David Letterman announced last week that he will soon be retiring from The Late Show after hosting for more than 30 years, and CBS has confirmed that Stephen Colbert will replace him. While switching from The Colbert Report to The Late Show will be a huge career advancement for the comedian and TV show host, it could be a big loss for television coverage of science.
Stephen Colbert is one of the only news or faux-news anchors to regularly cover scientific discoveries and interview scientists. “The Colbert Report has certainly been one of the best television programs ever for showcasing scientists—and I don't just mean ‘for a comedy talk show,’” says science comedian Brian Malow. He points out that the guest who has made the most appearances is Neil deGrasse Tyson. “More than any movie star! And Tyson isn’t even the only physicist he’s featured!”
Among the other physicists Colbert has interviewed are Brian Greene, Michio Kaku, and Lawrence Krauss. He has hosted oceanographer Robert Ballard, neurophilosopher Patricia Churchland, surgeon Atul Gawande, and evolutionary biologist Neil Shubin as well as experts in science policy such as then–Environmental Protection Agency Administrator Lisa Jackson and National Institutes of Health Director Francis Collins. The online archive of interview guests includes separate categories for “academic,” “medical,” and “scientist.”
This could change when Colbert takes over The Late Show. As Mashable noted, “the Late Show gig would force him to shoot the breeze with all manner of celebrities.” During Letterman’s run, Late Show guests have typically been movie or TV stars. For example, this week’s guests include Tom Selleck, Zach Braff, Lindsay Lohan, Rob Lowe, and Jason Bateman. Colbert Report guests this week include mathematician Edward Frenkel and primatologist Jane Goodall.
Colbert’s transition comes at a terrible time for coverage of science. “Traditional science journalism has been gutted in recent years due to the economic downturn,” says Sheril Kirshenbaum, the co-author of Unscientific America: How Scientific Illiteracy Threatens Our Future. Paul Raeburn, chief media critic at the Knight Science Journalism at MIT Tracker, agrees. “Television news has jettisoned its science reporters in recent years, and when it does cover science it covers it like politics—who’s winning, who’s losing, and what does it all mean for the next election,” Raeburn said.
The consequences were clear most recently in CNN’s horrifically bad coverage of the missing Malaysia Airlines Flight MH370. CNN cut its science, technology, and environment team in 2008. When host Don Lemon was covering the lost plane, he speculated on air that there could be some supernatural explanation, or perhaps the airliner could have disappeared into a black hole.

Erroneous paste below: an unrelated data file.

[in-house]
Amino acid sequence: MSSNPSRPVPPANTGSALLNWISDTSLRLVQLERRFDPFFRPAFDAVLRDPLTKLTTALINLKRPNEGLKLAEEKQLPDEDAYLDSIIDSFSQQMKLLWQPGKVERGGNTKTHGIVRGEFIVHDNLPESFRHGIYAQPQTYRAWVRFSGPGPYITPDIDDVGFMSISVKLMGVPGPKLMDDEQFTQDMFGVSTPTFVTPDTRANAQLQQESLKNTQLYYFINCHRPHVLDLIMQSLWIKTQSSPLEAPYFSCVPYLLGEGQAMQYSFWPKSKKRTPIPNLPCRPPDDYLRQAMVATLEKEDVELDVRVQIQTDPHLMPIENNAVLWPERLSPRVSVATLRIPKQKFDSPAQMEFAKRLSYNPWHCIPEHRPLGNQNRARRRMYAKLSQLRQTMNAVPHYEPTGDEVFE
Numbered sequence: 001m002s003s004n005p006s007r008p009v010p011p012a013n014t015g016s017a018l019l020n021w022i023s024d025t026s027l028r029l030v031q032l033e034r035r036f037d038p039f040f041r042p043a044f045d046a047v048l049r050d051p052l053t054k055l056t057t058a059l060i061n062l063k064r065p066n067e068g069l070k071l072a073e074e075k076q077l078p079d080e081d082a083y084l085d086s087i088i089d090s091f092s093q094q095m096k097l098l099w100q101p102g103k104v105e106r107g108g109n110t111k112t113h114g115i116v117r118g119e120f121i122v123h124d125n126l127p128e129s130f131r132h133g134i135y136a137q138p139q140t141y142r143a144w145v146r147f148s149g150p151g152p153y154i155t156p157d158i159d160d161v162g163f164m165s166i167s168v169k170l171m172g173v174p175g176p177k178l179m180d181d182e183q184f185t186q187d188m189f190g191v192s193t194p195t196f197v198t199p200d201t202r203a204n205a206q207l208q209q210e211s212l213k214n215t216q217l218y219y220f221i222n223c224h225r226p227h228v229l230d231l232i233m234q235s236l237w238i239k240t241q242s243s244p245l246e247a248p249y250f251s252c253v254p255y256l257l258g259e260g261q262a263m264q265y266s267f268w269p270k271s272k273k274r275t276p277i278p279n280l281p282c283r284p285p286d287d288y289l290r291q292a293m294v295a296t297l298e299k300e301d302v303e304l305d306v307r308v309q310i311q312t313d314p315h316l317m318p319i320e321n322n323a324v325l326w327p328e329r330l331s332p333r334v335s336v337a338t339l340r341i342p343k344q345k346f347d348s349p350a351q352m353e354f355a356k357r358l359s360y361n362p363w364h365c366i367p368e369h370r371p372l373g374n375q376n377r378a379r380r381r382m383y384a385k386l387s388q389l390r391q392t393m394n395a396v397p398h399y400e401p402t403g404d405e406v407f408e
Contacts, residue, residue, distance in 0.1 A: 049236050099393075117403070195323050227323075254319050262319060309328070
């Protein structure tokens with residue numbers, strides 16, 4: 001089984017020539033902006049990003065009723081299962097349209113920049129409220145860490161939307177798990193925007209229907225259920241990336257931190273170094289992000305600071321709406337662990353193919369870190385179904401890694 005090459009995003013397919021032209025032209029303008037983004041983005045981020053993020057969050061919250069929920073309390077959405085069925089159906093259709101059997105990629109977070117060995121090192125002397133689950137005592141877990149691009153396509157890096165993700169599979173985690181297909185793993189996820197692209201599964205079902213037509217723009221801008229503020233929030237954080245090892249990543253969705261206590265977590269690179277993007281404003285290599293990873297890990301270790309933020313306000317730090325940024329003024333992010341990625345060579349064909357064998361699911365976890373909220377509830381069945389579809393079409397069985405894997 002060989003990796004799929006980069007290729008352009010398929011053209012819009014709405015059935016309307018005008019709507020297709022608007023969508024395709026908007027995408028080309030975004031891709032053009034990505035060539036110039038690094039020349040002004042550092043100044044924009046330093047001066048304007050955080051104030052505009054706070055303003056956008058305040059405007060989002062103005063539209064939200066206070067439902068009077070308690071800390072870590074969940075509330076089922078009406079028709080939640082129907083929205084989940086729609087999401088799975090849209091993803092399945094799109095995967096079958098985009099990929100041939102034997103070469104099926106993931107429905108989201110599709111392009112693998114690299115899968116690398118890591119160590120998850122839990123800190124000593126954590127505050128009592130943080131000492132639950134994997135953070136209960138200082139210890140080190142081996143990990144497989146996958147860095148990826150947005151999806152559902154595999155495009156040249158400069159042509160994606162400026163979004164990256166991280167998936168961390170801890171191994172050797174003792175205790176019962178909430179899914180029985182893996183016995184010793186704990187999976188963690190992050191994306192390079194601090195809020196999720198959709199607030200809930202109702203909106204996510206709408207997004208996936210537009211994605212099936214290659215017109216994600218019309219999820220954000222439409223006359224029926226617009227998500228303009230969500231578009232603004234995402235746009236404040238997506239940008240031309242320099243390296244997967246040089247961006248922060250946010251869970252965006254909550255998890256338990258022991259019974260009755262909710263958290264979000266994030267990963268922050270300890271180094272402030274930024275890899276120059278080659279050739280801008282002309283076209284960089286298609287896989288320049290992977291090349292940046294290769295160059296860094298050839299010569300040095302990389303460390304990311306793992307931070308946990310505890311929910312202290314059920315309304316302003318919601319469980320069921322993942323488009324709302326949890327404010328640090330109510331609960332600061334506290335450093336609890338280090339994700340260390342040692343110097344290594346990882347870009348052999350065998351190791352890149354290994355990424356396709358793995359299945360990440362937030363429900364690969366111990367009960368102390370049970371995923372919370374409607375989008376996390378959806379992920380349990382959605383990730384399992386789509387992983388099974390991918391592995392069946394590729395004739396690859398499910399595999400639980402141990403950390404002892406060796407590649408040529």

Meanwhile, Animal Planet is airing fake documentaries about mermaids.
Print media isn’t much better off: A Pew Project for Excellence in Journalism study showed that almost 100 major newspapers had science sections a few decades ago, and only 35 did by 2008.
Colbert can’t cure public science illiteracy associated with declining news coverage, but by presenting scientific information to his huge audience in a fun and entertaining way, he has certainly helped. “Most Americans don’t know a scientist personally, so they get their impressions of who we are and what we do via television and film,” says Kirshenbaum.
“The show has implicitly included science and scientists as an everyday part of our culture—even pop culture,” Malow says. “By incorporating science so often into an entertainment program, I think it’s done something important that even our best science programs don’t do.”
Colbert features science in many of his show’s segments, not just in his interviews. Colbert’s recurring series “The Craziest F#?king Thing I’ve Ever Heard” is often about interesting new scientific discoveries. He has discussed neuroscience, insect reproduction, and the Large Hadron Collider. He put the scientific Journal of Paleolimnology “on notice” for proposing an explanation for walking on water that differed from the biblical account.
The Colbert Report covered a mishap in University of Maine Ph.D. student Skylar Bayer’s research in marine biology. A bucket of her samples—scallop gonads—was accidentally taken by someone else. A Colbert Report producer saw her blog post and thought it would make a fun segment for the show; they turned it into a mock crime drama. “They asked some standard questions like, what happened, why do you need scallop gonads, why is science important,” Bayer says. “They also asked a few crazy questions like, are you trying to take over the world, or are you playing God.”
Bayer saw how effective the Colbert Report’s method of explaining science was when she showed her segment to a class of high school students last year. “I asked them what they thought about scientists afterwards. They said I seemed pretty normal. I asked them if they learned anything about scallop reproduction. They said they got that it was important to the fishery. Getting some high-schoolers to get those two pieces of information out of a TV segment while laughing hysterically is a huge accomplishment.”
As a big fan of The Colbert Report, and as someone who drove 600 miles to attend the Rally to Restore Sanity and/or Fear in Washington, D.C., I wish Stephen Colbert the best as he prepares for this new phase in his career. I just hope that when it comes to covering scientific topics, CBS lets him keep up the good work.
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